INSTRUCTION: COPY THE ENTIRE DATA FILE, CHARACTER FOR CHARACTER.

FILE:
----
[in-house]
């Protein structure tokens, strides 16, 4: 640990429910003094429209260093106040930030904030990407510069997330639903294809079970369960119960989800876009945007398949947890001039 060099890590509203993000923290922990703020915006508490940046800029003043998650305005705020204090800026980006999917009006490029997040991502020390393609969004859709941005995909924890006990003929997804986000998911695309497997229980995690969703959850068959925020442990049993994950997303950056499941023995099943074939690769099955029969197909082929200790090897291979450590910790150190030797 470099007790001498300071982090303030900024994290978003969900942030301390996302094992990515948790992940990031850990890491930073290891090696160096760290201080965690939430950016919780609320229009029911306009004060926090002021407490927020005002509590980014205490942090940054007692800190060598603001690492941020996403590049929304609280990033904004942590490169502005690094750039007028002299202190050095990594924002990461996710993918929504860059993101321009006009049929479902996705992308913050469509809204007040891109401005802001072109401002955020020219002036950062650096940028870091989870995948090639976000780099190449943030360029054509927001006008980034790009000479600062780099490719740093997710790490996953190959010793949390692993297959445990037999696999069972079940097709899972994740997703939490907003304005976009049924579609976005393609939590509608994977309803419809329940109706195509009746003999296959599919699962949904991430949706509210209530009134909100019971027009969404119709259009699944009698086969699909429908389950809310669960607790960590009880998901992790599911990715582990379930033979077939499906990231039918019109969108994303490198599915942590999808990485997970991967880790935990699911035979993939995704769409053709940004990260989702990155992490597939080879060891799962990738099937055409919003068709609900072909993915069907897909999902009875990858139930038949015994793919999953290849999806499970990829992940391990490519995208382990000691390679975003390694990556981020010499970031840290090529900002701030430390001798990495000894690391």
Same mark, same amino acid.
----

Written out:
[in-house]
């Protein structure tokens, strides 16, 4: 640990429910003094429209260093106040930030904030990407510069997330639903294809079970369960119960989800876009945007398949947890001039 060099890590509203993000923290922990703020915006508490940046800029003043998650305005705020204090800026980006999917009006490029997040991502020390393609969004859709941005995909924890006990003929997804986000998911695309497997229980995690969703959850068959925020442990049993994950997303950056499941023995099943074939690769099955029969197909082929200790090897291979450590910790150190030797 470099007790001498300071982090303030900024994290978003969900942030301390996302094992990515948790992940990031850990890491930073290891090696160096760290201080965690939430950016919780609320229009029911306009004060926090002021407490927020005002509590980014205490942090940054007692800190060598603001690492941020996403590049929304609280990033904004942590490169502005690094750039007028002299202190050095990594924002990461996710993918929504860059993101321009006009049929479902996705992308913050469509809204007040891109401005802001072109401002955020020219002036950062650096940028870091989870995948090639976000780099190449943030360029054509927001006008980034790009000479600062780099490719740093997710790490996953190959010793949390692993297959445990037999696999069972079940097709899972994740997703939490907003304005976009049924579609976005393609939590509608994977309803419809329940109706195509009746003999296959599919699962949904991430949706509210209530009134909100019971027009969404119709259009699944009698086969699909429908389950809310669960607790960590009880998901992790599911990715582990379930033979077939499906990231039918019109969108994303490198599915942590999808990485997970991967880790935990699911035979993939995704769409053709940004990260989702990155992490597939080879060891799962990738099937055409919003068709609900072909993915069907897909999902009875990858139930038949015994793919999953290849999806499970990829992940391990490519995208382990000691390679975003390694990556981020010499970031840290090529900002701030430390001798990495000894690391």
Same mark, same amino acid.